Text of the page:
Given the OWF function $f: \{0,1\}^{2\lambda} \rightarrow \{0,1\}^{2\lambda}$ and the PRG $G: \{0,1\}^{\lambda} \rightarrow \{0,1\}^{2\lambda}$, is the following function $f^*$ a OWF?

\begin{align} f^*: \{0,1\}^{\lambda} &\to \{0,1\}^{2\lambda}\\ x &\to f^*(x) = f(G(x)\oplus(0^{\lambda}||x)) \end{align}

My idea is that it is secure, mainly because the function $f$ is a OWF itself, but I haven't been able to prove it. Moreover, I thought that the collision probability of its input might be involved, but it's nothing more than intuition.

  • 1
    $\begingroup$ Hint: Let $G'$ be a PRG. Then $G$ defined as $G(x_1\|x_2) = G(x_1)||x_2$ for long enough $x_1$ is also a PRG. $\endgroup$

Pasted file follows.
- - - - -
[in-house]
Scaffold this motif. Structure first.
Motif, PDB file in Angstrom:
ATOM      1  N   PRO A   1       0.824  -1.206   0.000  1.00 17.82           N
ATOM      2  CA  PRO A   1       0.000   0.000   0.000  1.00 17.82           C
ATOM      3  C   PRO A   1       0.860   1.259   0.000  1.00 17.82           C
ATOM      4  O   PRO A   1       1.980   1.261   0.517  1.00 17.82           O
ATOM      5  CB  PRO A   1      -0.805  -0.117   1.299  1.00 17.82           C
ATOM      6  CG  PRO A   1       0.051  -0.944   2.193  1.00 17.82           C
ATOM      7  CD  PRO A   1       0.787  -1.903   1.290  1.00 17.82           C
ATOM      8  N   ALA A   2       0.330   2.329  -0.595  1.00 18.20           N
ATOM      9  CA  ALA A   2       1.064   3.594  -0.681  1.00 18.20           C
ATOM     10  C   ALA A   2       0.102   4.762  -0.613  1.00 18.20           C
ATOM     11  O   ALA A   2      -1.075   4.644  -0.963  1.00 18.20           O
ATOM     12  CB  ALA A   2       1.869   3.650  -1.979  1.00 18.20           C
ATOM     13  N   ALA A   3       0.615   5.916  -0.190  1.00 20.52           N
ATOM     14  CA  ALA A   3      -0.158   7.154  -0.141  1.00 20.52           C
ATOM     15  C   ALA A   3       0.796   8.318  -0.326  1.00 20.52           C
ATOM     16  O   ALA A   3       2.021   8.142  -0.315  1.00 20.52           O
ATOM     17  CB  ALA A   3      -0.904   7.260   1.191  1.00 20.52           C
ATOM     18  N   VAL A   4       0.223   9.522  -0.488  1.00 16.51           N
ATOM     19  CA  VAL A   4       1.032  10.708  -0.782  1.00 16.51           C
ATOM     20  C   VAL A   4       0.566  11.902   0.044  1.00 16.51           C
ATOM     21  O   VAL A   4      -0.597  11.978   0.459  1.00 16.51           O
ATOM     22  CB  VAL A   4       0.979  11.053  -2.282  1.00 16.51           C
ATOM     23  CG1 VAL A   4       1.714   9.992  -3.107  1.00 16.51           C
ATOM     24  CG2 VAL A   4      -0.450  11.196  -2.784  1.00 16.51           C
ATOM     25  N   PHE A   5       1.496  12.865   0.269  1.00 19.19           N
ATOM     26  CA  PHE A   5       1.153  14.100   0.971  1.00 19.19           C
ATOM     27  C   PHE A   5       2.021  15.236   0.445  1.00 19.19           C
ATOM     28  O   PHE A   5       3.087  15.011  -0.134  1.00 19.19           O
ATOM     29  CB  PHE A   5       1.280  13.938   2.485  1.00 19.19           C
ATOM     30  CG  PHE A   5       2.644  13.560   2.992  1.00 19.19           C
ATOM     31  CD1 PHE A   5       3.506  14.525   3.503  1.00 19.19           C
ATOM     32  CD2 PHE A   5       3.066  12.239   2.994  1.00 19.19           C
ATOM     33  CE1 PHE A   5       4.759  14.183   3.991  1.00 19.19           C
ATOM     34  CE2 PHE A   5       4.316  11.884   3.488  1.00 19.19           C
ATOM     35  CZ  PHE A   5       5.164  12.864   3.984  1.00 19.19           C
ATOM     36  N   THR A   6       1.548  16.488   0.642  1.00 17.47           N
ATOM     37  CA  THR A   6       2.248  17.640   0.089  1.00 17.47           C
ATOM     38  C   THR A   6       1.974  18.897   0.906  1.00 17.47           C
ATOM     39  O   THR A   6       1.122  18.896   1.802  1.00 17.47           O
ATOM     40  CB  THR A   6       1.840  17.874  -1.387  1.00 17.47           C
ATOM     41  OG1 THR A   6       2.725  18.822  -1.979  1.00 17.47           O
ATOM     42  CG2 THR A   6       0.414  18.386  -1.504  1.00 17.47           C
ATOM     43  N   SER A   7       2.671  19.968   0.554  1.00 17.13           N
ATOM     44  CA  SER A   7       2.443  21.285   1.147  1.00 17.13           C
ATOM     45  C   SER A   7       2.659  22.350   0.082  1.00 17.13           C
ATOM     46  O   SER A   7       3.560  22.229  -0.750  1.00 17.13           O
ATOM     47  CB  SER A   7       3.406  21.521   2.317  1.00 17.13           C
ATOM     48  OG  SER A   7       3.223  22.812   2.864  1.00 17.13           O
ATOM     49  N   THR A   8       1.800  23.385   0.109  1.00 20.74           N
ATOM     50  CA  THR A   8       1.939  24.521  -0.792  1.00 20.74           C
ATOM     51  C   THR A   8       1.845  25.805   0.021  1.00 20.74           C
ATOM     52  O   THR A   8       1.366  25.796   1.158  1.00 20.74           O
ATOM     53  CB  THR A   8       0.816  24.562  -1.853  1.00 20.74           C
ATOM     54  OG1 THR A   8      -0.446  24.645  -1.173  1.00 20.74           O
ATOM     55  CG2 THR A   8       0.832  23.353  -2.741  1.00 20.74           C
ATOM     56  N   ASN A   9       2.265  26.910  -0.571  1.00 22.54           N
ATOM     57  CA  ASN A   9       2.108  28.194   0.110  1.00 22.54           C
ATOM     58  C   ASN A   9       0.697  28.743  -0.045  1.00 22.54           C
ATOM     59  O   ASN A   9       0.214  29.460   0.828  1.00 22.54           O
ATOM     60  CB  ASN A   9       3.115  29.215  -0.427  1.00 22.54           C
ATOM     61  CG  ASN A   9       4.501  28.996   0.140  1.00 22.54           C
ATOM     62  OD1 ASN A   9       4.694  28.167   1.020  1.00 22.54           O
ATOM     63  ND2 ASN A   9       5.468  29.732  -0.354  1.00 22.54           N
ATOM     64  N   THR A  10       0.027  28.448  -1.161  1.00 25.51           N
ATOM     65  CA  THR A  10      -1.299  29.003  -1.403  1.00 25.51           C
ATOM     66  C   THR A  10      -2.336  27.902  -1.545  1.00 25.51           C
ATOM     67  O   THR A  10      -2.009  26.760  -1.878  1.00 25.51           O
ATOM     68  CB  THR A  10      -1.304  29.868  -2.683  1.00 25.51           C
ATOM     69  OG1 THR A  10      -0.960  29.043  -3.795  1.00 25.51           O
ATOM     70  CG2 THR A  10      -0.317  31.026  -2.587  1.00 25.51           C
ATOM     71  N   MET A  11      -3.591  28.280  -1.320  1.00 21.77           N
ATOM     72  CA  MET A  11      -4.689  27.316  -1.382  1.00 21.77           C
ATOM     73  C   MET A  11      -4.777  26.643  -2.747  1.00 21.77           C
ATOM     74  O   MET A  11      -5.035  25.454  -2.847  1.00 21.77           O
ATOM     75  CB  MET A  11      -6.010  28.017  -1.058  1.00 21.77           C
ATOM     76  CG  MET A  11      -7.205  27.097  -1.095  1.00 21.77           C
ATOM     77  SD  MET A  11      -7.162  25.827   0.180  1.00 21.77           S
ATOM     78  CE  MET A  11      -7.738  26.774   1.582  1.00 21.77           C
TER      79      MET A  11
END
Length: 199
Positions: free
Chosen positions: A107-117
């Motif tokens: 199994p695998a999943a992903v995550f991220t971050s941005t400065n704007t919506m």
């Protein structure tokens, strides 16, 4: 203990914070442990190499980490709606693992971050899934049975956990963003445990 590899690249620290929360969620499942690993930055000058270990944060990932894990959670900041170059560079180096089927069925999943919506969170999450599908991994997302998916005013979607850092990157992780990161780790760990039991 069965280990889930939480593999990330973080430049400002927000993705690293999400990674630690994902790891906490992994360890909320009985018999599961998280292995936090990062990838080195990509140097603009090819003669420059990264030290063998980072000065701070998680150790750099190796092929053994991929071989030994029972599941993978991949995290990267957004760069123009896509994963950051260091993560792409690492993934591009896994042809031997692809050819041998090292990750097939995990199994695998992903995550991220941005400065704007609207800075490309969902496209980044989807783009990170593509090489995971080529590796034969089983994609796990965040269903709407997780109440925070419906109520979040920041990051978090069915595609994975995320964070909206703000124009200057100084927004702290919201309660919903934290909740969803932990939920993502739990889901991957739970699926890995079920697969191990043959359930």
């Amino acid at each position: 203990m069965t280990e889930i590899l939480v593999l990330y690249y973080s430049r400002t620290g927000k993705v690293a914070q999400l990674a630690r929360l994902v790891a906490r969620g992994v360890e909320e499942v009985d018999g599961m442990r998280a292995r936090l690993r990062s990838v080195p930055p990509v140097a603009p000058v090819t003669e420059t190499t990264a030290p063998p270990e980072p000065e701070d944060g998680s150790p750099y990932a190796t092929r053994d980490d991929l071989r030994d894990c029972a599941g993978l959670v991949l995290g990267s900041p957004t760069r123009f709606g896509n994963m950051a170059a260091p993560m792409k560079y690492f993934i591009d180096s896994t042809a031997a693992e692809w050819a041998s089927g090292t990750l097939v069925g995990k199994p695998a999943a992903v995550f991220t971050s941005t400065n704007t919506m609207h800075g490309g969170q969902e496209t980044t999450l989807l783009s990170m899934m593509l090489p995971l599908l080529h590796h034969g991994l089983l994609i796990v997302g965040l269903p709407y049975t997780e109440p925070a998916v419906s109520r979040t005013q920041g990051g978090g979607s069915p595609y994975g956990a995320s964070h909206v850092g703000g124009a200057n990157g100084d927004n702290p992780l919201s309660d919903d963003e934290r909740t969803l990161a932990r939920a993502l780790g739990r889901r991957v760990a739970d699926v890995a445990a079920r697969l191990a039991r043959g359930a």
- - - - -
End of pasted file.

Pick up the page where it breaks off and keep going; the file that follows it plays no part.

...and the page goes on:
– Maeher
    Jan 11 at 12:41
  • $\begingroup$ @Maeher long enough =? $\endgroup$
    – kelalaka
    Jan 11 at 12:50
  • $\begingroup$ @kelalaka Any constant fraction will do. Say 1/2 of the input length for a concrete construction. $\endgroup$
    – Maeher
    Jan 11 at 15:18
  • $\begingroup$ @Maeher should I build a counterexample with your hint? $\endgroup$
    – zingiest
    Jan 11 at 16:03
  • 1
    $\begingroup$ Hint 2: A OWF is only guaranteed to be hard to invert if the inputs are sampled according to the uniform distribution. A distribution that only contains inputs that end in many zeroes is very far (and easily distinguishable from) uniform. $\endgroup$
    – Maeher
    Jan 12 at 14:08

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